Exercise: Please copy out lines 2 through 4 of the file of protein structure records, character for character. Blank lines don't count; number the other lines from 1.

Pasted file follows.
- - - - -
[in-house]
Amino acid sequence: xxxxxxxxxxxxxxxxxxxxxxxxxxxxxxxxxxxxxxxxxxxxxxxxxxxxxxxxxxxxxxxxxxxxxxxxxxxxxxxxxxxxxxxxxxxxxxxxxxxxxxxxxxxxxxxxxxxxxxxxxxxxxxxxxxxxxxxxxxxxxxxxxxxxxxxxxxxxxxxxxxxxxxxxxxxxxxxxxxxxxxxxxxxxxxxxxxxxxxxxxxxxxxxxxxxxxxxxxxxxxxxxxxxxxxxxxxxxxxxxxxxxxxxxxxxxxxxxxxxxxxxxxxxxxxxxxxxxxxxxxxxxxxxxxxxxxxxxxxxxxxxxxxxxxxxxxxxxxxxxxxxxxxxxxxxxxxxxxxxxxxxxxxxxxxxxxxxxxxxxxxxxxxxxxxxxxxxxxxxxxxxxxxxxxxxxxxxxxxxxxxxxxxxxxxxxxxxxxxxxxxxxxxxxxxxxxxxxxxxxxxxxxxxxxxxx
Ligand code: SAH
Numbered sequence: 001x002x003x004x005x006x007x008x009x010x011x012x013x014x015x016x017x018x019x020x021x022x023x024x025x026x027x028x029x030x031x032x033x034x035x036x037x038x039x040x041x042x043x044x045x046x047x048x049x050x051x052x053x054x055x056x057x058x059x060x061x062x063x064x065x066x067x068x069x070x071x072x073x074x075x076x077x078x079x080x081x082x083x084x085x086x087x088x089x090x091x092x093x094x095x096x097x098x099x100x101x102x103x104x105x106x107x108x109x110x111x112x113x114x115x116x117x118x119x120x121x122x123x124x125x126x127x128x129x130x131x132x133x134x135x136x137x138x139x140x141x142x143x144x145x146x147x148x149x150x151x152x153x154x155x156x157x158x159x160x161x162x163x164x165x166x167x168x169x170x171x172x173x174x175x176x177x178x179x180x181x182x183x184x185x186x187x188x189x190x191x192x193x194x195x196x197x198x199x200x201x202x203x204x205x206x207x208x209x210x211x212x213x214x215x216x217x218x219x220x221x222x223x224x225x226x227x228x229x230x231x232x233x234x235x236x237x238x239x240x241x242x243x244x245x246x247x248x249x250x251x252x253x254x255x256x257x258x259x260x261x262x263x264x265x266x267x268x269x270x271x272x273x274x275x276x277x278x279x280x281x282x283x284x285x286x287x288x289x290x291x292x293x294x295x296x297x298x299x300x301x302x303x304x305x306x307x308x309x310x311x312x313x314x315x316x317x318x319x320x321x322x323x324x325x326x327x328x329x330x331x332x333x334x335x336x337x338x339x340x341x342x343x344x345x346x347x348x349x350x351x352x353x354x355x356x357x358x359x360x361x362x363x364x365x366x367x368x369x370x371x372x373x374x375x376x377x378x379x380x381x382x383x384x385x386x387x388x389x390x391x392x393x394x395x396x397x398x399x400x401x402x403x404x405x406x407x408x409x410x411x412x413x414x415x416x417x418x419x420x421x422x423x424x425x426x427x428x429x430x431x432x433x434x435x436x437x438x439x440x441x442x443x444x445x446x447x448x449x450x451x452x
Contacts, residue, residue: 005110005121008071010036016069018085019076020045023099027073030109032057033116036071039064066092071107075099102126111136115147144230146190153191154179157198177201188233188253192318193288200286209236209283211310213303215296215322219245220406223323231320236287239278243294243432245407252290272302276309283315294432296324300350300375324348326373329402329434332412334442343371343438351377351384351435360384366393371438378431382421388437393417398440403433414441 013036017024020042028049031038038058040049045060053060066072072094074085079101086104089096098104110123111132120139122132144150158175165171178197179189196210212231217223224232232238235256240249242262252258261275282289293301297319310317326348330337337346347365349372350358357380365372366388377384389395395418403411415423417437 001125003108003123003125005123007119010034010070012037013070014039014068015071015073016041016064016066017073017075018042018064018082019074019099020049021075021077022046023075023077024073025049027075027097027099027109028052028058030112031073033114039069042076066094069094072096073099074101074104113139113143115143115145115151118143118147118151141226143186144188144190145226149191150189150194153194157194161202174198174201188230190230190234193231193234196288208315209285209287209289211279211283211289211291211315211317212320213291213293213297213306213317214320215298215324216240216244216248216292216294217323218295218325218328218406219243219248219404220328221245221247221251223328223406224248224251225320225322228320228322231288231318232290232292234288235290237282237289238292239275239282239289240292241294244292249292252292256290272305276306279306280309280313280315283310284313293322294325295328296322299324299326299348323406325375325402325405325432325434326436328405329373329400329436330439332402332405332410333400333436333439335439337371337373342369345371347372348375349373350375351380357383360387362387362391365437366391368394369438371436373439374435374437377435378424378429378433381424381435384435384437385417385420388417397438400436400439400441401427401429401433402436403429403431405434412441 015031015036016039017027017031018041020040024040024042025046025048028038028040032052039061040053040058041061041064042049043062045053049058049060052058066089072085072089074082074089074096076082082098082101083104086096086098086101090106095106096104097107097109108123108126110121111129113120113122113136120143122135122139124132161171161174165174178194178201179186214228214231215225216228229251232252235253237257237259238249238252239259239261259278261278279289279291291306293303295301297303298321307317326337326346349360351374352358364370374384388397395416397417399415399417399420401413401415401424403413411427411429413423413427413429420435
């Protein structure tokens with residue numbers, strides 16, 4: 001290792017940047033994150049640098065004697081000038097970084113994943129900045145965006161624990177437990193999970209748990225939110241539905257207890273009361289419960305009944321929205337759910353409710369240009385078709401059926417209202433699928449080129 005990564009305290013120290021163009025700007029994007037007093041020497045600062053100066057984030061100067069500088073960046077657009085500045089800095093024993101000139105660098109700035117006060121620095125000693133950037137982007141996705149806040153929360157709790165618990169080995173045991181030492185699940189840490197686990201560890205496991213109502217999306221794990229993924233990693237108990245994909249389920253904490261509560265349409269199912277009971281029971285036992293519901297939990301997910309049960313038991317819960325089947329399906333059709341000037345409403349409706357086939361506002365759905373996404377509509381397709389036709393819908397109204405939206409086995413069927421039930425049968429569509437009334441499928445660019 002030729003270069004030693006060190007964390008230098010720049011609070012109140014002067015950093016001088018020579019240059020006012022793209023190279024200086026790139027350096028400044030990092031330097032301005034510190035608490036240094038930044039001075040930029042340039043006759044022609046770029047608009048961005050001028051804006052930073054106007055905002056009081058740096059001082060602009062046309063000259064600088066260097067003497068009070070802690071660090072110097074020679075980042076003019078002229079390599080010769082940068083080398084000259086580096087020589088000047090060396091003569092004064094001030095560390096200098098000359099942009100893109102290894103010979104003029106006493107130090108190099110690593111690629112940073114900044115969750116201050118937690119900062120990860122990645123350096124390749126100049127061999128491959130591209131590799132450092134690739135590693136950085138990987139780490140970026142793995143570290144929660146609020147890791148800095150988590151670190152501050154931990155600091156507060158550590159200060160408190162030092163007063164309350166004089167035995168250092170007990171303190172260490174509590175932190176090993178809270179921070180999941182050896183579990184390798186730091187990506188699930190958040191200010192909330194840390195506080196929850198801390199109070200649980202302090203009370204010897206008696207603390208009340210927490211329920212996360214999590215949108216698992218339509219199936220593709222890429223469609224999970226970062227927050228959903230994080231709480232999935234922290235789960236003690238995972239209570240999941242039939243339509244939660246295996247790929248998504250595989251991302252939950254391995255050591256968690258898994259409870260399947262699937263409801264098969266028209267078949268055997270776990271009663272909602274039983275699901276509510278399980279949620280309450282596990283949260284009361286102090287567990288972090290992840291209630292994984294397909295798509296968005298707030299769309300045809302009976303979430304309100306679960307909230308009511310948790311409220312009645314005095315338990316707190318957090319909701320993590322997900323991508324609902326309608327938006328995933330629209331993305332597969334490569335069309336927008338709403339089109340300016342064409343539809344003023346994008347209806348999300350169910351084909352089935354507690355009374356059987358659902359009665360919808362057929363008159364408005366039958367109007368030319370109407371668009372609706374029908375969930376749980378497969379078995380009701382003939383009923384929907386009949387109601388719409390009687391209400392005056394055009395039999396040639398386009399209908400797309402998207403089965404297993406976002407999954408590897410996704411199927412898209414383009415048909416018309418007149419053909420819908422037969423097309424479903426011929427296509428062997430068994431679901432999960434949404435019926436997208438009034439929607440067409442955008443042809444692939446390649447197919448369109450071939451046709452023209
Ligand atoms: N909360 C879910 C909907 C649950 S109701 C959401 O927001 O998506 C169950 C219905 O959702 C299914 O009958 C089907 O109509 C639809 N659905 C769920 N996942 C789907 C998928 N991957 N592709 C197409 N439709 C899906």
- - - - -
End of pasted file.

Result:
Amino acid sequence: xxxxxxxxxxxxxxxxxxxxxxxxxxxxxxxxxxxxxxxxxxxxxxxxxxxxxxxxxxxxxxxxxxxxxxxxxxxxxxxxxxxxxxxxxxxxxxxxxxxxxxxxxxxxxxxxxxxxxxxxxxxxxxxxxxxxxxxxxxxxxxxxxxxxxxxxxxxxxxxxxxxxxxxxxxxxxxxxxxxxxxxxxxxxxxxxxxxxxxxxxxxxxxxxxxxxxxxxxxxxxxxxxxxxxxxxxxxxxxxxxxxxxxxxxxxxxxxxxxxxxxxxxxxxxxxxxxxxxxxxxxxxxxxxxxxxxxxxxxxxxxxxxxxxxxxxxxxxxxxxxxxxxxxxxxxxxxxxxxxxxxxxxxxxxxxxxxxxxxxxxxxxxxxxxxxxxxxxxxxxxxxxxxxxxxxxxxxxxxxxxxxxxxxxxxxxxxxxxxxxxxxxxxxxxxxxxxxxxxxxxxxxxxxxxxxx
Ligand code: SAH
Numbered sequence: 001x002x003x004x005x006x007x008x009x010x011x012x013x014x015x016x017x018x019x020x021x022x023x024x025x026x027x028x029x030x031x032x033x034x035x036x037x038x039x040x041x042x043x044x045x046x047x048x049x050x051x052x053x054x055x056x057x058x059x060x061x062x063x064x065x066x067x068x069x070x071x072x073x074x075x076x077x078x079x080x081x082x083x084x085x086x087x088x089x090x091x092x093x094x095x096x097x098x099x100x101x102x103x104x105x106x107x108x109x110x111x112x113x114x115x116x117x118x119x120x121x122x123x124x125x126x127x128x129x130x131x132x133x134x135x136x137x138x139x140x141x142x143x144x145x146x147x148x149x150x151x152x153x154x155x156x157x158x159x160x161x162x163x164x165x166x167x168x169x170x171x172x173x174x175x176x177x178x179x180x181x182x183x184x185x186x187x188x189x190x191x192x193x194x195x196x197x198x199x200x201x202x203x204x205x206x207x208x209x210x211x212x213x214x215x216x217x218x219x220x221x222x223x224x225x226x227x228x229x230x231x232x233x234x235x236x237x238x239x240x241x242x243x244x245x246x247x248x249x250x251x252x253x254x255x256x257x258x259x260x261x262x263x264x265x266x267x268x269x270x271x272x273x274x275x276x277x278x279x280x281x282x283x284x285x286x287x288x289x290x291x292x293x294x295x296x297x298x299x300x301x302x303x304x305x306x307x308x309x310x311x312x313x314x315x316x317x318x319x320x321x322x323x324x325x326x327x328x329x330x331x332x333x334x335x336x337x338x339x340x341x342x343x344x345x346x347x348x349x350x351x352x353x354x355x356x357x358x359x360x361x362x363x364x365x366x367x368x369x370x371x372x373x374x375x376x377x378x379x380x381x382x383x384x385x386x387x388x389x390x391x392x393x394x395x396x397x398x399x400x401x402x403x404x405x406x407x408x409x410x411x412x413x414x415x416x417x418x419x420x421x422x423x424x425x426x427x428x429x430x431x432x433x434x435x436x437x438x439x440x441x442x443x444x445x446x447x448x449x450x451x452x